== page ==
Four years ago, Dalton Pompey broke camp as the Toronto Blue Jays’ starting centre fielder. After rocketing up from single-A to triple-A in the span of one season, the Mississauga native made an impact during his September call-up in 2014.
Pompey’s first Major League home run career came off Cy Young winner Felix Hernandez, who was one of the best pitchers in the American League at the time. Momentum for the Canadian was at an all-time high as he entered the 2015 season as one of the Jays’ top prospects.
What transpired in the four years following Opening Day 2015 has been nothing short of a tragedy for Pompey.
After numerous injuries, an altercation with his coach in triple-A last year, this is his last chance with the Blue Jays. If there was a doomsday clock on Pompey’s time with this organization, it would be one minute to midnight.
As a player who is out of options, Pompey must make the Blue Jays roster at the end of spring training, or else the Blue Jays risk exposing him to waivers and other team claim him.
It’s been a long and gruelling four years, but it looks like Pompey may, in fact, return to the Blue Jays’ outfield picture. Thus far in spring training, the 26-year-old has looked solid at the plate; he hit the Blue Jays very first home run of the Grapefruit League schedule a few weeks ago.
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He’s received regular playing time in the outfield, rotating with fellow outfielders Teoscar Hernandez, Billy McKinney, Jonathan Davis, and Anthony Alford.
Based on his body of work alone, Pompey is looking up at all those players on the outfield depth chart. Kevin Pillar and Randal Grichuk figure to command two outfield spots, which leaves left field and a fourth outfielder spot yet to be accounted for.
This is truly a make-or-break year for Pompey. With five bodies for two positions, he has his work cut out for him.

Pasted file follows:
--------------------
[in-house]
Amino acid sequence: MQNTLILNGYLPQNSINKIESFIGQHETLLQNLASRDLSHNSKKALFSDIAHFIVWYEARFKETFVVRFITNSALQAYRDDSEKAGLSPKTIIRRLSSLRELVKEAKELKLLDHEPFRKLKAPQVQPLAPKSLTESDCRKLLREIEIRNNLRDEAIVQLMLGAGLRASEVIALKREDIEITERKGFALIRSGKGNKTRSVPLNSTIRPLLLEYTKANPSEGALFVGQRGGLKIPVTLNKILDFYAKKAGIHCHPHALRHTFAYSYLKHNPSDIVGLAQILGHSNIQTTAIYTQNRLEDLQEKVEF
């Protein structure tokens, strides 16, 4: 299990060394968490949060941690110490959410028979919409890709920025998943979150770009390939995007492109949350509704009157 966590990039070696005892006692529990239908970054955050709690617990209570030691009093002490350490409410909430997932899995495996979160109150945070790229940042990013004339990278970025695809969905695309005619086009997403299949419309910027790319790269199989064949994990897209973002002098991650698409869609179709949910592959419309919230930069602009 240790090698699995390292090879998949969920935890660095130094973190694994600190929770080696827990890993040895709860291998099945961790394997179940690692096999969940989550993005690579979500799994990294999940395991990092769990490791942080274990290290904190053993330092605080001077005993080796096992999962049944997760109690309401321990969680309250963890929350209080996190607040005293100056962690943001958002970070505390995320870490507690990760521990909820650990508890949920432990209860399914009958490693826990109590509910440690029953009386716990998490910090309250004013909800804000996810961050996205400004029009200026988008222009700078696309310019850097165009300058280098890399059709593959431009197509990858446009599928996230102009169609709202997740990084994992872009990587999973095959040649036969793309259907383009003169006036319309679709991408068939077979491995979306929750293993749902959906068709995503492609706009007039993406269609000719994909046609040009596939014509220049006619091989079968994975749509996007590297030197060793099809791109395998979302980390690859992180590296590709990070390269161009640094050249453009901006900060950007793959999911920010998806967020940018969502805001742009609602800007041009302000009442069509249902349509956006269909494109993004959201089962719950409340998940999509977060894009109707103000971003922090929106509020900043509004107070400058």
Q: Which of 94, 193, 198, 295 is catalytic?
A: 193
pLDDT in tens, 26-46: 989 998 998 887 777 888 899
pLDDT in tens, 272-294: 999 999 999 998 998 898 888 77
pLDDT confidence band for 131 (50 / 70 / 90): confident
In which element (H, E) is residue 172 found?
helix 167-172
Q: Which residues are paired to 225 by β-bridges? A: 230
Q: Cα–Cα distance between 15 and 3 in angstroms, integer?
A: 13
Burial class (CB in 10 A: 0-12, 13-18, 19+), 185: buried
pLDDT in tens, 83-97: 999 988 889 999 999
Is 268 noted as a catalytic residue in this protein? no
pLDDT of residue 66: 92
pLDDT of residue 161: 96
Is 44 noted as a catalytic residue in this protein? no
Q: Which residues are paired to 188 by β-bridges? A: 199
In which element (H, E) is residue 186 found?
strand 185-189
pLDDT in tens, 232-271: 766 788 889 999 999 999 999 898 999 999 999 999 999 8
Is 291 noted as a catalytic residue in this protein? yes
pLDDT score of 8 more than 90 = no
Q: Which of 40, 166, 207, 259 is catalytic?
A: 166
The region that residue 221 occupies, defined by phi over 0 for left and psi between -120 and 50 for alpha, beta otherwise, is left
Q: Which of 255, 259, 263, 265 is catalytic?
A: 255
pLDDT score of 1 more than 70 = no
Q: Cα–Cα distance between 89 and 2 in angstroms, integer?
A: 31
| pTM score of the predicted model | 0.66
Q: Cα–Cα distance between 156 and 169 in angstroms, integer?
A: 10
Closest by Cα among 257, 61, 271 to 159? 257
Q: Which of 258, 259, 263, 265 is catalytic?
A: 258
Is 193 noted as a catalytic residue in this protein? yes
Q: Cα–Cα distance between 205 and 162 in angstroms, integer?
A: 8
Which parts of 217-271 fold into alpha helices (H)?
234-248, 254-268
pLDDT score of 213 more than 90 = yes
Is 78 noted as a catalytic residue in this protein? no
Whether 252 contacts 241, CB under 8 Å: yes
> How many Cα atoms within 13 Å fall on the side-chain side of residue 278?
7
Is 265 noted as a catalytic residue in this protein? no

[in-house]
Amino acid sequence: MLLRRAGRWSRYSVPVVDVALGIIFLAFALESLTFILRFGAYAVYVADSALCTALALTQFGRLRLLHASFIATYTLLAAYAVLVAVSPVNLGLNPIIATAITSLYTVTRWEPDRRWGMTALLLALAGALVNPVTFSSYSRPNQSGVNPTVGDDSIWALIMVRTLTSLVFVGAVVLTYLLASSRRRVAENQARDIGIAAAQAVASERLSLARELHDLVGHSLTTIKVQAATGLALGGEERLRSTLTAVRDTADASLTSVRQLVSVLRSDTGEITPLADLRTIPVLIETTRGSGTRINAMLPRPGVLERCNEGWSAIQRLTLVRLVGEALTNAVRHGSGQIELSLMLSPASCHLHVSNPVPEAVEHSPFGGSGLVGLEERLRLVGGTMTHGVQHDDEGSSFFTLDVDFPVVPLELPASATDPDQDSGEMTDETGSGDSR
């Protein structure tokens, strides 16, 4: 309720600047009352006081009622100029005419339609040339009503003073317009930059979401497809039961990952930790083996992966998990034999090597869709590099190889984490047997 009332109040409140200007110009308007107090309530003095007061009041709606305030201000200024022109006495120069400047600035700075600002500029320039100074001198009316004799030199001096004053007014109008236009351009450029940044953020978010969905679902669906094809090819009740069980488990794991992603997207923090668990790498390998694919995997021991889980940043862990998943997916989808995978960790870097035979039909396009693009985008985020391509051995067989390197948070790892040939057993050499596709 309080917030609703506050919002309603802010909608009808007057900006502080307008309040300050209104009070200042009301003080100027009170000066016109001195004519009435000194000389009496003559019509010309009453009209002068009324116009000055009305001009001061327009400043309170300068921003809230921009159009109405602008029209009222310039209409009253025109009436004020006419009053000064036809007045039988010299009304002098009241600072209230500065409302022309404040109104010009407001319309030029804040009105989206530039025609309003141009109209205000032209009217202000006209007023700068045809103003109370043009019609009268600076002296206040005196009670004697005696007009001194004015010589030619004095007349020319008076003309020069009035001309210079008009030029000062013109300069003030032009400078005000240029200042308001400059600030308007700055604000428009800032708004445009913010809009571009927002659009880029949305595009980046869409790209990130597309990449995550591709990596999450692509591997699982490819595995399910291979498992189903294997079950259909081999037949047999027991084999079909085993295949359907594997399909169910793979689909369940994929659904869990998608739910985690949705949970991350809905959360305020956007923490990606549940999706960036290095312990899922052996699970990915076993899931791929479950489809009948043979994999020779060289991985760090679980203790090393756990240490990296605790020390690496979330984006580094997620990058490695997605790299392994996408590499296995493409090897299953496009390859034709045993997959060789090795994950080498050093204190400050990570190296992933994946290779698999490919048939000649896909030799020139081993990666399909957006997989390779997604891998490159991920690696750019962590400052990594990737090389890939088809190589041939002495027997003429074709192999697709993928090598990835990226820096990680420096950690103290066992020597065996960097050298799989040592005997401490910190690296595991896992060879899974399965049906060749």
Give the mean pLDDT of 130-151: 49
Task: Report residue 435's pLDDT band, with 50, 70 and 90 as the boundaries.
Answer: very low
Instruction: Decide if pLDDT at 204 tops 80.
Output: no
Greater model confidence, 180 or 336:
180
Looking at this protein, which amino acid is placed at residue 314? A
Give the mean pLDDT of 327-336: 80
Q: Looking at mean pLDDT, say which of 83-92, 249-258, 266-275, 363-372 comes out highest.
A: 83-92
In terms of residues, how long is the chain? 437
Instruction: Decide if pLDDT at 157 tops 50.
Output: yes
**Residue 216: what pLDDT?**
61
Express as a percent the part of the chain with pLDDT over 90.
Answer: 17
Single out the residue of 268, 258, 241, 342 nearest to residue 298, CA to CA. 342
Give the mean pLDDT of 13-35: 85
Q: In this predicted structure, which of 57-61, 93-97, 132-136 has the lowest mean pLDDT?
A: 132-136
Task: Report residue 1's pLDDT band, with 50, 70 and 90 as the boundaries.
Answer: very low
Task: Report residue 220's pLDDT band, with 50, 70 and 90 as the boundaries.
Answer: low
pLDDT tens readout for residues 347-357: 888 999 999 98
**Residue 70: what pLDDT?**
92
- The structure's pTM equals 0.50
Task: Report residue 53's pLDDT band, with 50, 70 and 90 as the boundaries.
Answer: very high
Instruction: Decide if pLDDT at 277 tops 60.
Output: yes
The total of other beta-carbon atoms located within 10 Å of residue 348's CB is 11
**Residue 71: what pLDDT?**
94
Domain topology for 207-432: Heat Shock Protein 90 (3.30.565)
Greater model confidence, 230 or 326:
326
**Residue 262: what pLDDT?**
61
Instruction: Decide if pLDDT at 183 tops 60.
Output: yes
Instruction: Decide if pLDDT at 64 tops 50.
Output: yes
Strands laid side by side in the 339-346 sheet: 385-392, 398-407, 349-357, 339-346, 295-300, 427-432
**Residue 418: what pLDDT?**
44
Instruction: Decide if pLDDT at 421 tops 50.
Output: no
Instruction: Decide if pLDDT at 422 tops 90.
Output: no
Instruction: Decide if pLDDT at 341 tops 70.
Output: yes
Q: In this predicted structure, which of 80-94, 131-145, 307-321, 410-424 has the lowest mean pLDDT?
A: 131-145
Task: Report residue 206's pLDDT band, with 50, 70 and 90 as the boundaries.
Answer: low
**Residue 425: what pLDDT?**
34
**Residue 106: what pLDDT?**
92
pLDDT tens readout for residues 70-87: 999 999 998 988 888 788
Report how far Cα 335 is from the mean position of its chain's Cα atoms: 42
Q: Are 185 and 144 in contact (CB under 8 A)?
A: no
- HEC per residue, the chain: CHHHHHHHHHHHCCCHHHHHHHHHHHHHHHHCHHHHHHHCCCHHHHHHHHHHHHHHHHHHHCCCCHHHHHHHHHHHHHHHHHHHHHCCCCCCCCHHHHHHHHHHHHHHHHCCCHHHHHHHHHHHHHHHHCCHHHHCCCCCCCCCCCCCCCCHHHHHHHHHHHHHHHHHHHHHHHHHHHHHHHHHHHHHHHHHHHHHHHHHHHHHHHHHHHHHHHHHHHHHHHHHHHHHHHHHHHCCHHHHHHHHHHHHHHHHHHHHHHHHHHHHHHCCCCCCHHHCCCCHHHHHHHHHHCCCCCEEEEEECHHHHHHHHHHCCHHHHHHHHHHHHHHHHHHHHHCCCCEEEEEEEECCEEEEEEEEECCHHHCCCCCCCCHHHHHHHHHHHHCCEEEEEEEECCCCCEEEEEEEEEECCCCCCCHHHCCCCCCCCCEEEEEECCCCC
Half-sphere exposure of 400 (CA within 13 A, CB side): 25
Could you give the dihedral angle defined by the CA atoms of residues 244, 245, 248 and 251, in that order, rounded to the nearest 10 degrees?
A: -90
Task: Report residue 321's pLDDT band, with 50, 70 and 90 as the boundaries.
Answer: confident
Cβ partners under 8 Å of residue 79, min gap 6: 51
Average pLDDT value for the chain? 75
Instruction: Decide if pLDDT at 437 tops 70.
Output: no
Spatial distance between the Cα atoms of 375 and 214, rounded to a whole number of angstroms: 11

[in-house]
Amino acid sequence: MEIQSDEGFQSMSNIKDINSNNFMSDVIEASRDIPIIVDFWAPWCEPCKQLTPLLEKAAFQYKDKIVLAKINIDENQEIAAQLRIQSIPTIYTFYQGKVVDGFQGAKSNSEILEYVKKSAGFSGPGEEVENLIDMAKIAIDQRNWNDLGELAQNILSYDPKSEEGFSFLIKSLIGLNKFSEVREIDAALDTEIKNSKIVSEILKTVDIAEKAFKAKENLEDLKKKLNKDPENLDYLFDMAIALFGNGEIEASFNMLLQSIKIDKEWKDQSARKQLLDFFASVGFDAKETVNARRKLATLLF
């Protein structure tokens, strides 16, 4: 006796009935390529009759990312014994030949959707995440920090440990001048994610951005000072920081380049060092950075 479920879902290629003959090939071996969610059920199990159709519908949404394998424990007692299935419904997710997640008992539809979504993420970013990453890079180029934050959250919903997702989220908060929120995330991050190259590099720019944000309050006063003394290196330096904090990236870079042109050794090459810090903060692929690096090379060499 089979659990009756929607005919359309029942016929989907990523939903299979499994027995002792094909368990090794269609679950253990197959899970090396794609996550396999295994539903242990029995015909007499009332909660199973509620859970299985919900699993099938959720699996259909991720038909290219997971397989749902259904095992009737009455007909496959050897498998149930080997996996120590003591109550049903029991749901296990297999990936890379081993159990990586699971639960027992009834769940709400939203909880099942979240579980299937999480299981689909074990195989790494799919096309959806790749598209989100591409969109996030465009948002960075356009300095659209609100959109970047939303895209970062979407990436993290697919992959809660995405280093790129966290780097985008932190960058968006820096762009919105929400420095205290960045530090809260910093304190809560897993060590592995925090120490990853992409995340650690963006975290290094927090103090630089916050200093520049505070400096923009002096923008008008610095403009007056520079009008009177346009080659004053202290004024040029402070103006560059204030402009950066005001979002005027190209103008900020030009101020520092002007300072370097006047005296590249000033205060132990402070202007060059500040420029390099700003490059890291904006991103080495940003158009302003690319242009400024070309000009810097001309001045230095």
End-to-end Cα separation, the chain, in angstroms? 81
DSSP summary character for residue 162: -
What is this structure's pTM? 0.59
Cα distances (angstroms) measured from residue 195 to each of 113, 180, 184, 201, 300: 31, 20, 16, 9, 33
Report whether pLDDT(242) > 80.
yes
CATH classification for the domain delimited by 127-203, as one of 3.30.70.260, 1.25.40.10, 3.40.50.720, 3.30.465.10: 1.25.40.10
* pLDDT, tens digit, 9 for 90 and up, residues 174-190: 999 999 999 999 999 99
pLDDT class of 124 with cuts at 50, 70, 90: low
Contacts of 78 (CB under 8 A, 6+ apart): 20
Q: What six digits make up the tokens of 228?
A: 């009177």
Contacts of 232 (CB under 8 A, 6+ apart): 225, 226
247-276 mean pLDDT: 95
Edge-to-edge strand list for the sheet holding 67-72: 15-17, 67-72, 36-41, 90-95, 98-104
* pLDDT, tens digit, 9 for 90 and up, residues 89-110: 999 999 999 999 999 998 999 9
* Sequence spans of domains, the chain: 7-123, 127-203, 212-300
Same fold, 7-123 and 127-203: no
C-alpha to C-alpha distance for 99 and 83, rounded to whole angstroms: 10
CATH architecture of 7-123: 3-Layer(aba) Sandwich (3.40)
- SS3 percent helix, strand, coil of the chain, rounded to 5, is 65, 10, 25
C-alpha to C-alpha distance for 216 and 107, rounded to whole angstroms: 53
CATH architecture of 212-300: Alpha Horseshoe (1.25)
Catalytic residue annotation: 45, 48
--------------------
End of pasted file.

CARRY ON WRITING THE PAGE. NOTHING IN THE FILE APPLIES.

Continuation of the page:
The Blue Jays have had ample opportunities to cut bait with Pompey. After his dust-up with Bisons manager Bobby Meacham, understandably, Pompey was the lone player on the Blue Jays’ 40-man roster who wasn’t promoted to the big league club in September. It sent a strong message to Pompey, who is on his last life with the organization.
Earlier this week, the Blue Jays designated Dwight Smith Jr. for assignment. That move alone might’ve indicated how the organization feels about Pompey. Smith was arguably the better hitter, yet Pompey is the more well-rounded player who comes with the baggage of a checkered past.
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If the Blue Jays were willing to let go of Smith – a player with an option year remaining – it must say a lot about the club’s faith in Pompey – a player without options and who hasn’t played consistently at the big league level since April of 2015.
He may have started spring training on the periphery of the Blue Jays’ outfield picture, but after the team let go of Smith, Pompey’s chances to break camp in Toronto suddenly increased.
The team gave Pompey every opportunity to stay on the roster. Last fall, when it came time to make cuts to the 40-man roster, Pompey was notably kept, while players like Jordan Romano and Travis Bergen were on the outside looking in. Both were subsequently exposed to the Rule-5 draft and were claimed by other teams.
Pompey’s raw talent is readily apparent. His pure speed alone on the base paths is impressive, as anyone who witnessed the Blue Jays’ 2015 and 2016 playoff drives can attest to.
He profiles as a top-of-the-order bat and the fact that he’s a switch-hitter is incredibly valuable to a manager looking to balance out their lineup card.
The only questions when it comes to Pompey is his health and his focus. If both of those boxes are checked, there’s a strong case that he flies north with the Blue Jays for Opening Day on March 28. If he makes the team, more than likely, he slots in as the Blue Jays’ fourth outfielder and becomes Charlie Montoyo’s defacto pinch runner.
The clock is ticking, but there’s still time left for Pompey to make an impact with the Blue Jays this year.